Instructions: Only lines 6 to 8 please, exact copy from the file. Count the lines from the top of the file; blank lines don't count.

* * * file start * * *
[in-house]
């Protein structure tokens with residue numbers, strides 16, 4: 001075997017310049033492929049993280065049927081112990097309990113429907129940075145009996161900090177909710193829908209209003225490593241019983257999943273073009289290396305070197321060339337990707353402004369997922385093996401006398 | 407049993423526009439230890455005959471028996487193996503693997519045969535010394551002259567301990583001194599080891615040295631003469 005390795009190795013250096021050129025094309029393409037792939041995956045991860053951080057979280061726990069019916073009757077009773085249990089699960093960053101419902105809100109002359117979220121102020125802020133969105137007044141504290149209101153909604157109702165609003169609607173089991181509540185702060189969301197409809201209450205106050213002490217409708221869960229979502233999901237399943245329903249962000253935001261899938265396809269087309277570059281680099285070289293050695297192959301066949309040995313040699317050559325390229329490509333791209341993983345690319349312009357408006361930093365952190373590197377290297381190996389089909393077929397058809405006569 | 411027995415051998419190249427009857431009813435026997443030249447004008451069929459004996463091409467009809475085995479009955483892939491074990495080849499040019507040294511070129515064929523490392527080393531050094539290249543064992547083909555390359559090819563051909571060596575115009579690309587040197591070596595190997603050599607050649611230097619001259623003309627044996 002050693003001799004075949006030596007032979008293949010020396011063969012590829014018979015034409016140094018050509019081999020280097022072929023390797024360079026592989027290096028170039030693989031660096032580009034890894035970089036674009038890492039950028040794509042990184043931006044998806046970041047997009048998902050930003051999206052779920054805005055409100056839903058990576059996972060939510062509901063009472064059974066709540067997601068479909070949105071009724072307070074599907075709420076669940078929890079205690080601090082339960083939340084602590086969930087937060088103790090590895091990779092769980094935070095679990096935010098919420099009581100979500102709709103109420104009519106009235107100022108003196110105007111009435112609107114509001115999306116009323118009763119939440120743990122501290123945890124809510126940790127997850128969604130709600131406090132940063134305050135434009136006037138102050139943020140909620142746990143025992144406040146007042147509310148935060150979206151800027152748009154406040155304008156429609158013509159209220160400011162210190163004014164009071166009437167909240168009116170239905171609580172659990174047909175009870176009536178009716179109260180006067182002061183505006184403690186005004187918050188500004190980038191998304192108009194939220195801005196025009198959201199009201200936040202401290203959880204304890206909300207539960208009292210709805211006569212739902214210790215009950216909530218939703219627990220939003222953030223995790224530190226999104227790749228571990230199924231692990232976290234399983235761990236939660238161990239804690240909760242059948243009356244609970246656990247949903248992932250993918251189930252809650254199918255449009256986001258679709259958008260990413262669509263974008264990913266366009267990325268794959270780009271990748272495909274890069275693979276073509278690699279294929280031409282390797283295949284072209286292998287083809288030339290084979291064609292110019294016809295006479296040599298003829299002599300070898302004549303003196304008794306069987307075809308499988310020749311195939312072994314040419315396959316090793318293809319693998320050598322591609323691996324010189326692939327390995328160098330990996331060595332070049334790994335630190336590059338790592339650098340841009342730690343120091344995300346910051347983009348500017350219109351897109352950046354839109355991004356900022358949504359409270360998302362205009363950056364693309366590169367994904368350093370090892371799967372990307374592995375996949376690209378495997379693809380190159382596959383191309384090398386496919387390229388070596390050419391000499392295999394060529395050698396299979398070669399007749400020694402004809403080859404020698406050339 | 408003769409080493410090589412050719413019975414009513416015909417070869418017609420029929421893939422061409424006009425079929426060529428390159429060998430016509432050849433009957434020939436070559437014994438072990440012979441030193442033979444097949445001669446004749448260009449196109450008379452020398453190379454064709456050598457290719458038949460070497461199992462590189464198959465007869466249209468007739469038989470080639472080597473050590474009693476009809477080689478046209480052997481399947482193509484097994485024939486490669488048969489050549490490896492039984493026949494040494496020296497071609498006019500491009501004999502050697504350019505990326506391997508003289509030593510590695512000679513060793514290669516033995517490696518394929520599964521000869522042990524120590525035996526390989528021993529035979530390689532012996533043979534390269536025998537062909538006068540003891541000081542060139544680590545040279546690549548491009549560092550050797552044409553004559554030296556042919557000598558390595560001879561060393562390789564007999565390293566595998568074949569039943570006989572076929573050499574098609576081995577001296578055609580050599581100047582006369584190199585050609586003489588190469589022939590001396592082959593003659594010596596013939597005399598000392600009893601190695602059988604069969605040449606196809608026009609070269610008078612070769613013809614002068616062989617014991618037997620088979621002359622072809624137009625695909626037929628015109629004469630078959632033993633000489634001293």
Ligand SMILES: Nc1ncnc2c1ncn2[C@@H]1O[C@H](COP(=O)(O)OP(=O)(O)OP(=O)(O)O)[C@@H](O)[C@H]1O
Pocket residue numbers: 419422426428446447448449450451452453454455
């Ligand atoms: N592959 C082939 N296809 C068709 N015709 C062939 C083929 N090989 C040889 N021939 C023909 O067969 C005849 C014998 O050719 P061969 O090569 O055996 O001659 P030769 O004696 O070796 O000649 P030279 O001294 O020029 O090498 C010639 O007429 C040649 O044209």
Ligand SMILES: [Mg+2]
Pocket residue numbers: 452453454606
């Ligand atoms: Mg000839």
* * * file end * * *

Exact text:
Ligand SMILES: [Mg+2]
Pocket residue numbers: 452453454606
């Ligand atoms: Mg000839």